Ohio Cities Fight Red-Light Cameras
As Redflex Traffic Systems fights a shareholder revolt at home in Australia, the speed camera vendor is simultaneously battling a public revolt against photo ticketing in two Ohio cities. Next Tuesday residents of Chillicothe and Heath will have the opportunity to vote on citizen-led initiatives that would ban the use of red light cameras and speed cameras. Redflex has poured substantial cash into an advertising blitz covering both towns.
“Vote NO on Issue 5 and keep Heath safe,” read a Redflex brochure sent to Heath voters this week. “In the last four months alone, at enforced intersections in Heath… red light running has reduced by almost half… 90 percent of speeders are not Heath residents.” Duane Goodwin, who helped put the referendum on the city ballot, insisted that the Redflex numbers regarding the cameras’ safety benefit were bogus. He cited Redflex traffic counts that showed 58,754 fewer automobiles had traveled on camera-monitored roads — a 27 percent decrease in traffic — as a result of out-of-town motorists avoiding the cameras by shopping elsewhere. “Our little town revolves around business,” Goodwin said. “It’s a crushing blow.”
A survey of six national chain stores that operate in Heath as well as nearby Lancaster and Zanesville showed that Heath sales were off nearly 14 percent compared to a 2 to 3 percent drop in the other cities. Redflex has fought back against the citizen initiative in Chillicothe with an even more aggressive advertising campaign. In addition to mailing a version of the Heath brochure with one new photograph and the city name replaced, Redflex enlisted Police Chief Roger Moore as the company’s spokesman in a radio promotion. Moore told voters that approving the initiative would result in a total ban on the use of radar guns and other commonly used police equipment. “The language is pretty clear,” Moore explained in an interview with WBEX radio. “I just can’t see a scenario where a police officer is running radar and he can stop a car in one location, freeze them in time, go to that vehicle and write a citation. Without that happening they would be in violation of this proposed change.”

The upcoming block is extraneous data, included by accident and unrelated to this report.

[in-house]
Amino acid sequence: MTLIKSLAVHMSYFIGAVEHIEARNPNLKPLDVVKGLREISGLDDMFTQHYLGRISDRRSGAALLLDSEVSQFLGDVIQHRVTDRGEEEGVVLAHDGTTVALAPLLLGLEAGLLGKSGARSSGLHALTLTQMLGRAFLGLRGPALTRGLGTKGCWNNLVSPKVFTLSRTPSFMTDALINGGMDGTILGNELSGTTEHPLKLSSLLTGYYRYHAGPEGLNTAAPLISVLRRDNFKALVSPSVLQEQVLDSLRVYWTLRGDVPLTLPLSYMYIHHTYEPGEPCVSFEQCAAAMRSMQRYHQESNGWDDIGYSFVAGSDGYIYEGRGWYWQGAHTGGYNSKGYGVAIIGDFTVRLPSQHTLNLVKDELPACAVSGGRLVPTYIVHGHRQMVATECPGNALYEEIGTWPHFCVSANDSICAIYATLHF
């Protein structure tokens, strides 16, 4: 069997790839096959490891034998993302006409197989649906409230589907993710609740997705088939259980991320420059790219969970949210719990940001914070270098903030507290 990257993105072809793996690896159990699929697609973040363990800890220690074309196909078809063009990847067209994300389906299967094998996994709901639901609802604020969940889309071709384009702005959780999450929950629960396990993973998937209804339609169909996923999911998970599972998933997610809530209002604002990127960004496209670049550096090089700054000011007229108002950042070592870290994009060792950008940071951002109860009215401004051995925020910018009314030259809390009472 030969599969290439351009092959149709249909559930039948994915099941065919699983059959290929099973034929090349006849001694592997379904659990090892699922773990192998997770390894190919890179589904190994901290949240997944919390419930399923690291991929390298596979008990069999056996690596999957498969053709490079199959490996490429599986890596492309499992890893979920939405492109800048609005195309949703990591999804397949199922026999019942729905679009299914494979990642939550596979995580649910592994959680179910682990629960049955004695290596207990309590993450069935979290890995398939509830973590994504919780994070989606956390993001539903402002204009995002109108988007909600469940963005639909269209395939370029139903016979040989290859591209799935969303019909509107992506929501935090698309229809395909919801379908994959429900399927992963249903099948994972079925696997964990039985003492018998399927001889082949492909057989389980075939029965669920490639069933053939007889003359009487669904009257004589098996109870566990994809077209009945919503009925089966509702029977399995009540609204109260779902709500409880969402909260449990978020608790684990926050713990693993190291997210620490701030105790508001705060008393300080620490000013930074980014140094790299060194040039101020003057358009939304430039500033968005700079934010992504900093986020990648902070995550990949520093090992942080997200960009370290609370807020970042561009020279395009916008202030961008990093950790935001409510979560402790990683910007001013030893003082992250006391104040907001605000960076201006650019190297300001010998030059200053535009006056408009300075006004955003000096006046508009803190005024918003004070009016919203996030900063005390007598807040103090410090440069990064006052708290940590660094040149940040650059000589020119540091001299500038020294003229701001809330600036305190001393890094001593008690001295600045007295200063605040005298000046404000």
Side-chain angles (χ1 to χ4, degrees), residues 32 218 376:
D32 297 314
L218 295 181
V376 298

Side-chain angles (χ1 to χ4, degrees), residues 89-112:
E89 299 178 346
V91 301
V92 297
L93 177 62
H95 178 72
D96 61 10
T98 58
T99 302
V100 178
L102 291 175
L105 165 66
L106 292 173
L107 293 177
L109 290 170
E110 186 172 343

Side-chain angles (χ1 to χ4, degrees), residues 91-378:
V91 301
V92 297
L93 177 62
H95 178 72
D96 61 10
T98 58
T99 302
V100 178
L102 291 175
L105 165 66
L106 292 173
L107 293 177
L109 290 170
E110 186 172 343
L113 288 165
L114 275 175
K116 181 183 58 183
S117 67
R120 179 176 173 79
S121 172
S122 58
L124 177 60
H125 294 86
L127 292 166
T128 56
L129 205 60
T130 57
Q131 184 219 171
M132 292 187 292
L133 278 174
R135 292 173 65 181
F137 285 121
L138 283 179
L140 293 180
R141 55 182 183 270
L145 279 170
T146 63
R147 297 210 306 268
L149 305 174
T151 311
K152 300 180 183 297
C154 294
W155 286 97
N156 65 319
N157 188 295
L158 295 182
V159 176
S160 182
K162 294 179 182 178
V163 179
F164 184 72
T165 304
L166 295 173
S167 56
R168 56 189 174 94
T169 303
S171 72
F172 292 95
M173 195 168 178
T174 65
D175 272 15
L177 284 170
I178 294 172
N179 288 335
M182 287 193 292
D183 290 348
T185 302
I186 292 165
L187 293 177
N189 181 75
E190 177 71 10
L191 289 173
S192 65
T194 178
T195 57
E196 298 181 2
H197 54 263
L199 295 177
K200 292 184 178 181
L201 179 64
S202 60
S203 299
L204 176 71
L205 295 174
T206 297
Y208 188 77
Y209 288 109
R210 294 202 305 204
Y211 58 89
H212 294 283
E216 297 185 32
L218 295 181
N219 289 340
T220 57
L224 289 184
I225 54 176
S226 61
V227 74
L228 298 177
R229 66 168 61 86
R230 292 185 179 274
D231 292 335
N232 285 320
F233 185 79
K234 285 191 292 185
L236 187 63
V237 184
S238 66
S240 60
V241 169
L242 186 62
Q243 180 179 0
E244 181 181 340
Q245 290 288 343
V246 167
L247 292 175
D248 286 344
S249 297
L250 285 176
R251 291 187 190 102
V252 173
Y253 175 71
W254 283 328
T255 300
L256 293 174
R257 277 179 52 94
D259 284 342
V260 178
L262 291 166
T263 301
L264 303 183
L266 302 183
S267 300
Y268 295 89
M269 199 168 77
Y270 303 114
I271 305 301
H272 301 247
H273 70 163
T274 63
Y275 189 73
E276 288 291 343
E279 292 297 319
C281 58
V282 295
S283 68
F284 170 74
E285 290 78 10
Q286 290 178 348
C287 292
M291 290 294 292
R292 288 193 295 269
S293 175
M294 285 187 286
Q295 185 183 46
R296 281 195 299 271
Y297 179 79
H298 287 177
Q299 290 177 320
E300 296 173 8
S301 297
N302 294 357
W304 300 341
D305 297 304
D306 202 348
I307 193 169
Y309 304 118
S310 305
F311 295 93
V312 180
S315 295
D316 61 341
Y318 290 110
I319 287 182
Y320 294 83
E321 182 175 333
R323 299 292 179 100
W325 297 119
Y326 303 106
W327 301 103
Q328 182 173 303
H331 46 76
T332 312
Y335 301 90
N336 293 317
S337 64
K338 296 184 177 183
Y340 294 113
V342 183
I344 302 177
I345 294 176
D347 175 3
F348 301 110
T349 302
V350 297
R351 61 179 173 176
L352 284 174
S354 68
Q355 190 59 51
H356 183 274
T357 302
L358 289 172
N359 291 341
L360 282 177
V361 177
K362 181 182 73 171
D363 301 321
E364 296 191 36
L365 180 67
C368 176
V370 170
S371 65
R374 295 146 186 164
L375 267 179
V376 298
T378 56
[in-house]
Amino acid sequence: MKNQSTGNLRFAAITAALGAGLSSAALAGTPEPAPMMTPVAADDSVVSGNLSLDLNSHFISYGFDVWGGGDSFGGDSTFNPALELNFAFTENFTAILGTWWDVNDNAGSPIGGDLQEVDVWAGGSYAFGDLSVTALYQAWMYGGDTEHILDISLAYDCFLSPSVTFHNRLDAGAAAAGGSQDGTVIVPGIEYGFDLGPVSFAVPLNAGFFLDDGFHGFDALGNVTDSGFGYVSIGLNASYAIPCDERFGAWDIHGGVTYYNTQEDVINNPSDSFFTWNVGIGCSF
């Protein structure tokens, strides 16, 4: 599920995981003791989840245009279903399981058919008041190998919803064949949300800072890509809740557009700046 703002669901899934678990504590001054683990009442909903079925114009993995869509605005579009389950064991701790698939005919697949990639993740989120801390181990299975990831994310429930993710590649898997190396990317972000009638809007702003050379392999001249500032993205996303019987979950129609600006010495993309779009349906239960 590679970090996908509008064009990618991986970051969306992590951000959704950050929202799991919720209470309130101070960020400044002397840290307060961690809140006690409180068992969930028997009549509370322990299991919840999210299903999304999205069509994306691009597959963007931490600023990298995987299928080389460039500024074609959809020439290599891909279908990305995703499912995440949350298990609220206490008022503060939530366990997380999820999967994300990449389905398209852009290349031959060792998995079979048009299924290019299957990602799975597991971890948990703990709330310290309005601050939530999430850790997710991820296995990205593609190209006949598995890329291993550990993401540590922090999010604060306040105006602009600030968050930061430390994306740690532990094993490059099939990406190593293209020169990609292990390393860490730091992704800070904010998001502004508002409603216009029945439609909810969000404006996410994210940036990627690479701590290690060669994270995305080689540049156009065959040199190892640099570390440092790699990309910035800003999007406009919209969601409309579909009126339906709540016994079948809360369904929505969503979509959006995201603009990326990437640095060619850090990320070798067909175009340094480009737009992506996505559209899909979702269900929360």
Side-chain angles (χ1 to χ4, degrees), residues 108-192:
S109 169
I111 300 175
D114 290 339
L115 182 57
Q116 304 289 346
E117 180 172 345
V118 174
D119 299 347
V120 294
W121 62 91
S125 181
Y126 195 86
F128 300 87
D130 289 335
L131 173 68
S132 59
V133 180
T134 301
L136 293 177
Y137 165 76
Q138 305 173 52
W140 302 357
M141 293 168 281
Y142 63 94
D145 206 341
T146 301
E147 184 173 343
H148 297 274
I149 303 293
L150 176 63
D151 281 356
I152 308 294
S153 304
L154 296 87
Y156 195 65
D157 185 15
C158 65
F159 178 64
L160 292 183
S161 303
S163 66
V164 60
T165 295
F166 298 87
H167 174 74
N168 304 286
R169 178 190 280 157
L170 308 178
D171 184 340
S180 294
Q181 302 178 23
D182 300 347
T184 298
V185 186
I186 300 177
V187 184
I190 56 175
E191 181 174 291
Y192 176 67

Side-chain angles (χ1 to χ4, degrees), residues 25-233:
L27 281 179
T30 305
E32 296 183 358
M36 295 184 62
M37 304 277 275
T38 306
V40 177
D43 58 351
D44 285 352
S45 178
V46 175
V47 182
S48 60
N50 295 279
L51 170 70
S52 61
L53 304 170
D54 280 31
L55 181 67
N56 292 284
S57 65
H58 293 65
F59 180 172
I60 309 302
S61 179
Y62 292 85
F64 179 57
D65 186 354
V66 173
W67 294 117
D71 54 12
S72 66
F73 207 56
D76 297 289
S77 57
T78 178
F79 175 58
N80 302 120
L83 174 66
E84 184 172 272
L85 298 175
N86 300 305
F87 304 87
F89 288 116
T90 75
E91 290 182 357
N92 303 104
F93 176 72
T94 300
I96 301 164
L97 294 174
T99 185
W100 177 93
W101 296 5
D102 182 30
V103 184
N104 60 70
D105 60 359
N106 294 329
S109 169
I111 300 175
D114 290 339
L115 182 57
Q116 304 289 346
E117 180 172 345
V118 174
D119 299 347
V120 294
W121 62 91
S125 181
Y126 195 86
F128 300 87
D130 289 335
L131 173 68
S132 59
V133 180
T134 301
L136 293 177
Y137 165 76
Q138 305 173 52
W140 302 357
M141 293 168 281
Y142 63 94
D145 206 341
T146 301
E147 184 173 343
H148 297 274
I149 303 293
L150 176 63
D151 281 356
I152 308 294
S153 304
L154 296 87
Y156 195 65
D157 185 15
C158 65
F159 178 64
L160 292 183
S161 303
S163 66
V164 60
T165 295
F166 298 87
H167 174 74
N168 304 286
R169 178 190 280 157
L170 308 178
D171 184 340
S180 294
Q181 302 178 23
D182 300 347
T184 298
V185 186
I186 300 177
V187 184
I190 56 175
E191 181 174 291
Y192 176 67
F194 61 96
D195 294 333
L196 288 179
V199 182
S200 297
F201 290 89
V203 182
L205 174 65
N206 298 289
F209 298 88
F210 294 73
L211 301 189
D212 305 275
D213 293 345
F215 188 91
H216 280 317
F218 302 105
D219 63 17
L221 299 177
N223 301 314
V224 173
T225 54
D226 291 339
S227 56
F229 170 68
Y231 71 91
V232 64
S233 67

Rebekah Valentich, head of the group Citizens Against Photo Enforcement (CAPE), rejects Moore’s interpretation and wonders whether it is ethical for an appointed city official to appear in a commercial meant to influence an election for the financial benefit of a foreign corporation. A review of the proposed referendum language suggests it would allow the use of radar as long as “a law enforcement officer” presents the ticket to the alleged offender (view initiative text). Compared to the resources available to Redflex to defend its multi-million dollar contracts, the citizen opponents must make do with a less well-financed response. CAPE has purchased a small newspaper advertisement along with twenty radio spots in Chillicothe — despite a failed effort by Redflex to buy all available airtime. In Heath, Goodwin happens to be owner of the Dr. Signs sign-making shop. Goodwin says the city’s business owners and residents across the entire city have been more than happy to put anti-camera signs on their property. At the end of the day, Goodwin believes his cause will succeed.
“I’m faithful,” Goodwin told us. “As mad as people are and as bad as business is hurting, I can’t believe we’ll be the first people to keep them.”
No city has ever voted in a referendum to keep photo enforcement. A copy of the Redflex campaign ads can be found in a 700k PDF file at the source link below.
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